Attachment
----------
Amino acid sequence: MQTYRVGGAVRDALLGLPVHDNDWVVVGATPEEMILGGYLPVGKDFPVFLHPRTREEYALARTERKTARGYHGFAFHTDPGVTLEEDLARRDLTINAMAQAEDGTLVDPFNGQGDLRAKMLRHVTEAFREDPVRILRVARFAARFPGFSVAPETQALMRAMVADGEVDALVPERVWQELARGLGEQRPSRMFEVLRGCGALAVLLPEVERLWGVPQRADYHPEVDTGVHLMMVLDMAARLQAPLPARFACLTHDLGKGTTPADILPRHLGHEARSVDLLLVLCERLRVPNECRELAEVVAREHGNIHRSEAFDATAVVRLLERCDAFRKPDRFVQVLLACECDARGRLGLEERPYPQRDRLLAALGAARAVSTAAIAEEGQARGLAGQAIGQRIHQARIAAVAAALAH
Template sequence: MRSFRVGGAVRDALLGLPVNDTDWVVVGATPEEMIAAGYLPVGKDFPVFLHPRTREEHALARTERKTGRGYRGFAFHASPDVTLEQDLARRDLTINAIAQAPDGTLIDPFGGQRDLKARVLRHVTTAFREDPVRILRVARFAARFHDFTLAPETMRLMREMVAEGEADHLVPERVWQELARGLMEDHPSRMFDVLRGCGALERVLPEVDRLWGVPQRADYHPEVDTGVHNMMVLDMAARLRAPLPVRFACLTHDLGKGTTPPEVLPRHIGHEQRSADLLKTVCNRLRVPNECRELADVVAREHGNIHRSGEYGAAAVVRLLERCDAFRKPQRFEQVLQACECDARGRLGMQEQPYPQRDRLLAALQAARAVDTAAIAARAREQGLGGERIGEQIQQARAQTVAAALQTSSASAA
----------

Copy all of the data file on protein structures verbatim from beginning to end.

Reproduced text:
Amino acid sequence: MQTYRVGGAVRDALLGLPVHDNDWVVVGATPEEMILGGYLPVGKDFPVFLHPRTREEYALARTERKTARGYHGFAFHTDPGVTLEEDLARRDLTINAMAQAEDGTLVDPFNGQGDLRAKMLRHVTEAFREDPVRILRVARFAARFPGFSVAPETQALMRAMVADGEVDALVPERVWQELARGLGEQRPSRMFEVLRGCGALAVLLPEVERLWGVPQRADYHPEVDTGVHLMMVLDMAARLQAPLPARFACLTHDLGKGTTPADILPRHLGHEARSVDLLLVLCERLRVPNECRELAEVVAREHGNIHRSEAFDATAVVRLLERCDAFRKPDRFVQVLLACECDARGRLGLEERPYPQRDRLLAALGAARAVSTAAIAEEGQARGLAGQAIGQRIHQARIAAVAAALAH
Template sequence: MRSFRVGGAVRDALLGLPVNDTDWVVVGATPEEMIAAGYLPVGKDFPVFLHPRTREEHALARTERKTGRGYRGFAFHASPDVTLEQDLARRDLTINAIAQAPDGTLIDPFGGQRDLKARVLRHVTTAFREDPVRILRVARFAARFHDFTLAPETMRLMREMVAEGEADHLVPERVWQELARGLMEDHPSRMFDVLRGCGALERVLPEVDRLWGVPQRADYHPEVDTGVHNMMVLDMAARLRAPLPVRFACLTHDLGKGTTPPEVLPRHIGHEQRSADLLKTVCNRLRVPNECRELADVVAREHGNIHRSGEYGAAAVVRLLERCDAFRKPQRFEQVLQACECDARGRLGMQEQPYPQRDRLLAALQAARAVDTAAIAARAREQGLGGERIGEQIQQARAQTVAAALQTSSASAA